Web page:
Hello Mpindi,
Thank you for your story and efforts towards training young people in Uganda .
When I was searching the OpenIDEO web page, and I happened to read through the challenge page, my eyes caught up with this impact phase, and having read through most of them have promising results for the youth in East Africa.
 In my opinion, I have some few concerns while reading your project.
In Uganda there is high restrictions against press freedom, and some media houses find themselves closed, same to local radio stations, believed to be supporters of the opposition, and others.
 From statistics, Uganda produces over 400,000 graduates from higher education yearly ,and only about 5% get jobs. In view of the above, : How confidence are you ,given that the government is not on your side, that your products will have some future,when even radio stations are very few? How do you see yourself in 5 years time, including your beneficiaries, in the trend you have stated?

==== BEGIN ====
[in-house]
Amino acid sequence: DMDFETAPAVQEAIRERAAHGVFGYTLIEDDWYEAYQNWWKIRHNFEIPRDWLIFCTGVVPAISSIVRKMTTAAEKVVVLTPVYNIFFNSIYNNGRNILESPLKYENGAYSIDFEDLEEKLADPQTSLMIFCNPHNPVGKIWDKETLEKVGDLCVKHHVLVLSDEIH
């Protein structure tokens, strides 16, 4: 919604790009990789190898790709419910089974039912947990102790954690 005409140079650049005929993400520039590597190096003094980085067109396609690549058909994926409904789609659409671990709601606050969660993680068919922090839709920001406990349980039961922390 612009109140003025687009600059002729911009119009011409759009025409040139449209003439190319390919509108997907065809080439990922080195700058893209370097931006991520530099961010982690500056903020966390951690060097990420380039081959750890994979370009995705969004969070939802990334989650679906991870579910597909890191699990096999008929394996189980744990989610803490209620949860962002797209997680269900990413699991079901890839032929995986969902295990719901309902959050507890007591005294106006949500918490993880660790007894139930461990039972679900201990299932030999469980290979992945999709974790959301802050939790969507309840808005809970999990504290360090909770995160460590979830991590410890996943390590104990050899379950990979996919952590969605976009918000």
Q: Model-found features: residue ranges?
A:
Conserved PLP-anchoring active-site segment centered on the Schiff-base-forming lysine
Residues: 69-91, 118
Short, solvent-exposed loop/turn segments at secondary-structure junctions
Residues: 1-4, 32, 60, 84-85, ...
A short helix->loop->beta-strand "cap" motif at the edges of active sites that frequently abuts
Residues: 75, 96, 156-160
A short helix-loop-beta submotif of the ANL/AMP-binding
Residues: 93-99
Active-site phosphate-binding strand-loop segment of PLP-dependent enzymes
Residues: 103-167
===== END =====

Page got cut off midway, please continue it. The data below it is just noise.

regards,
Mlambo Sam

Photo of Mpindi Abaas

Thank you @Mlambo Sam for this very insightful comment. These are not just your concerns; they are our concerns too. We appreciate this feedback and it helps us to think through on some of these issues and others that act as barrier to our work as storytellers. It's true that there is media restriction in Uganda but it is also very true that Uganda scores high in the region on the issue of media privatisation and media freedom. While media in some countries is only state owned, any investor can establish a media company in Uganda. The environment may not be friendly for journalists in the country; however, it is not different from any other country in the region. Journalists continue to operate on even very sensitive issues that are reported daily in the papers, online, radio and TV. However, this is not to say that we do not experience abuse of press rights.